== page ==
Immerse Yourself in a World Unlike Any Other in Marrakech, Morocco
The Glorious City of Marrakech
Marrakech is a sensory overload. Picture medieval-like souks overflowing with colorful goods, palm trees shimmering in the heat against a backdrop of snowy mountains, the smell of mounds of spices, and the sound of the call to prayer.
Morocco travel in general is paralleled by few places. But travel to Marrakech and you will truly be immersed in a world unlike any other.
Here’s what aspects of Marrakech tourism you need to know about.
Things to Do in Marrakech
- Sip mint tea in a rooftop café. The sweet drink is a typical Moroccan beverage and it’s best enjoyed with a view of Marrakech!
- Shop in the souks. Give in to your magpie urges as you wind your way through the marketplaces, taking in the perfume, spices, crafts and carpets. It’s best to go prepared to spend a few dirham.
- Eat in Jemaa el-Fnaa. At night, the magical main square transforms into a giant food market, where you can try local delicacies such as tagine and couscous while enjoying the lively atmosphere.
- Get lost. It’s inevitable that you will lose your way in the narrow streets of the sprawling medina, so embrace the experience and dive headlong into the chaos.
- Take a walk around the Koutoubia Mosque. You’ll spot the distinctive minaret towering over Marrakech, and while non-Muslims can’t enter you can still get close enough to snap some awesome photos.
- Relax in a hammam, a traditional Moroccan bathhouse.
- Sleep in a riad, one of the palatial traditional houses. Staying in a place with elegant architecture and leafy courtyards spangled with mosaics will give you a taste of Moroccan luxury.
- Find green spaces. There are several tranquil gardens that break up the red-hued walls of Marrakech and give visitors respite from the hectic medina. Look out for The Menara and the Jardin Majorelle.
Best Time to Go on Holiday to Marrakech
The best times to visit Marrakech are from March through to April, and October to November. During these months, temperatures are warm without being sweltering, and you will miss the worst of the summer tourist crowds.
In winter, the number of visitors also spikes as people head to the African continent in search of sunshine.
Morocco is already a cheap holiday destination but traveling to Marrakech in these shoulder seasons will also help you take advantage of lower prices for accommodation.
In general, Marrakech is a safe place to visit and the greatest risk you face is getting lost in the mind-boggling maze of the medina, but there are a few other things you should watch out for. You may be approached by men offering to act as your guide, or trying to sell you kif, locally grown marijuana.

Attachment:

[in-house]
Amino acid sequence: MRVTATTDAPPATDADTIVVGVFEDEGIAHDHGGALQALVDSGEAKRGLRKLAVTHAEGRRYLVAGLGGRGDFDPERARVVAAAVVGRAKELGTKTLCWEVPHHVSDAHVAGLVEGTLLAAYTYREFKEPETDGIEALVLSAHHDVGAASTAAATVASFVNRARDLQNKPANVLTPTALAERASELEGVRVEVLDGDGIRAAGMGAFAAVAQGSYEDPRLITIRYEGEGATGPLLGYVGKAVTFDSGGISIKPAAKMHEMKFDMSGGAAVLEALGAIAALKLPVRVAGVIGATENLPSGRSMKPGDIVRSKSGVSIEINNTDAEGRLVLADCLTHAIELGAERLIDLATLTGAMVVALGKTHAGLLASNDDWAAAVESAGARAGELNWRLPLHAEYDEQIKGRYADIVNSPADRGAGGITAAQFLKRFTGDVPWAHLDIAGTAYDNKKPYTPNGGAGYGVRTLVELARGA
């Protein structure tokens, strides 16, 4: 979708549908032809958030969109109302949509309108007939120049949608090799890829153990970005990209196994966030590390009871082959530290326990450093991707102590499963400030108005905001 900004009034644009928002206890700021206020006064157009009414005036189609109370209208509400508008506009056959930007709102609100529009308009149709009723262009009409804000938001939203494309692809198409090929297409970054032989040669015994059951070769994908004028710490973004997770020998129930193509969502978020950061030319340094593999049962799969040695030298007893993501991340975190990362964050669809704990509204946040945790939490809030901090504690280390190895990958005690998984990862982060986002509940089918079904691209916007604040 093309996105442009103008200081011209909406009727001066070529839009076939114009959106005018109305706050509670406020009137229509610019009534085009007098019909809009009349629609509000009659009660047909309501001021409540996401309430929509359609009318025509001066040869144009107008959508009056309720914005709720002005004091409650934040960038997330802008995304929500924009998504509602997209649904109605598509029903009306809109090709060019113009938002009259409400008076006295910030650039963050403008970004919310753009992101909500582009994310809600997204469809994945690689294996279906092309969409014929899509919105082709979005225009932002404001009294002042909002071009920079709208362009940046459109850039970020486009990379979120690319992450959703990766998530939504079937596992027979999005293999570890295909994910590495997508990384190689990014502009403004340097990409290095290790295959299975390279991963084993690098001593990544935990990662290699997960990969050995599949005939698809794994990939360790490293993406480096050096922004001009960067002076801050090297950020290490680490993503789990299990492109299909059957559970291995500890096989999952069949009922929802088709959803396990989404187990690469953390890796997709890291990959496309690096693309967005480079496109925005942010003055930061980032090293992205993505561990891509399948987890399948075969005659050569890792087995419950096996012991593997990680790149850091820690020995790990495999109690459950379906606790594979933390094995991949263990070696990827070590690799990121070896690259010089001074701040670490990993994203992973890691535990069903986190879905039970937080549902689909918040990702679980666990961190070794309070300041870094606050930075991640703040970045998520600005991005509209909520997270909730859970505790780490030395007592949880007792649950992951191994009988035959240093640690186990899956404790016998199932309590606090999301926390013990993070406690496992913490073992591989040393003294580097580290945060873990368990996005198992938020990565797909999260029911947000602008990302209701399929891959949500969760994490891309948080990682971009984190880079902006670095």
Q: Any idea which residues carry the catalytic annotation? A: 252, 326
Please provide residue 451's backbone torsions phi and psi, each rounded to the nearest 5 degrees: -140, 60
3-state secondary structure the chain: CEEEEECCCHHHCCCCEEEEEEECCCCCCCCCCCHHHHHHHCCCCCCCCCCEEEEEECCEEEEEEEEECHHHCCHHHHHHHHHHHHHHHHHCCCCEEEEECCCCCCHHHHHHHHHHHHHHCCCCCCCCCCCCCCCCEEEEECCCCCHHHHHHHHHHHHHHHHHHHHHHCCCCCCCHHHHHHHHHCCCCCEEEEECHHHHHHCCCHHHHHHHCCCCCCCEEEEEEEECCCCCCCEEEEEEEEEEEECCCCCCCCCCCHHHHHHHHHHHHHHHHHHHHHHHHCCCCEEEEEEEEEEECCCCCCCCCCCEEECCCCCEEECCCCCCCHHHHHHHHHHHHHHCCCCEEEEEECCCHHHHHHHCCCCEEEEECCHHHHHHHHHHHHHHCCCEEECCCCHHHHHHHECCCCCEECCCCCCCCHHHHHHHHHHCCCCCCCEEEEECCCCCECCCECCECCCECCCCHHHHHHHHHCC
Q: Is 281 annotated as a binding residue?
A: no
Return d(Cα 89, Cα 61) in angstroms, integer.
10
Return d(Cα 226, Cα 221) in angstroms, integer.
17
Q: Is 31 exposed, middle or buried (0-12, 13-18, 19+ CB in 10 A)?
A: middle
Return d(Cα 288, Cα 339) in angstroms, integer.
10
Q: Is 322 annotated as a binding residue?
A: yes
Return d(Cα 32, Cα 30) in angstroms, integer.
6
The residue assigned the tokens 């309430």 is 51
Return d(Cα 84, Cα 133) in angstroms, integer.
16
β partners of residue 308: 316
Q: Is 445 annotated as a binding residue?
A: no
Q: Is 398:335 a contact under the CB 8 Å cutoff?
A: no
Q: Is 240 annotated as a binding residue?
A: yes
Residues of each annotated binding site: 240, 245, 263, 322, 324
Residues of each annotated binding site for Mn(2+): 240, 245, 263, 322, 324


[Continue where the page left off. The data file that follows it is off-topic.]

In both cases it is better to decline — the exceptionally helpful stranger will ask for money after helping you, despite insisting that they don’t want a tip to begin with and it’s illegal to smoke marijuana in Morocco, even though it’s so widespread you might think otherwise.
Visiting During Ramadan
There’s no reason you can’t travel to Marrakech during the Islamic holy month of Ramadan, however you should be prepared to take a little extra cultural awareness along with you.
Ramadan is a whole month dedicated to fasting, so between sunrise and sunset Muslims abstain from food and drink — even water! The day-long fast is broken after the sun goes down.
As you can imagine, fasting in the heat of the Moroccan sun can be trying, so it’s important to show respect to locals during this time.
You won’t have any problems finding places to eat and you are not expected to join in the fast. Bear in mind though that it is polite to avoid smoking in front of locals, as they are abstaining from tobacco as well.
It does become difficult to find alcohol available in Marrakech during Ramadan, so be prepared for a dry month.
Wandering around Jemaa el-Fnaa is an essential part of any trip to Marrakech, but at times it can feel like a cultural obstacle course. It’s almost impossible to blend in as a local, so scammers working the markets will be able to spot you easily and make you a target.
Keep an eye out for people carrying monkeys and snakes, and don’t let them get too close. A common scam is for the animal handler to put a monkey or snake onto you, then they will demand money from you for the ‘experience.’
You may also be approached by women offering to give you a henna tattoo — if you want one, you should agree on a definite price beforehand, otherwise keep your hands clear. A common tactic is for the women to grab your hands and force a tattoo on you, then to demand exorbitantly high payments.
If you refuse, they can get angry and while they won’t hurt you, they can shake you up by getting in your face and yelling. Note that the henna can also be of questionable quality and can sometimes cause skin reactions.
Shopping in Marrakech can be a grueling experience. There are rarely price tags attached to items in the souks and you are expected to haggle with the stall holder until you agree on a price.
It is a fine line to walk though, as the first price they offer you is guaranteed to be about 10 times higher than it should be. However, if you counter with an offer that they consider too low, prepare to be chased out away from their goods with accusations of insulting the crafts person, their grandmother and their dog being flung after you.
Instead of haggling too aggressively, a better strategy can be to politely inform the stall holder that their price is too high and that you can get a better deal elsewhere. Nine times out of 10, as you walk away they will come after you and start to offer more reasonable prices.
You should stay friendly and smiling at all times, even when you feel like they are trying to rip you off.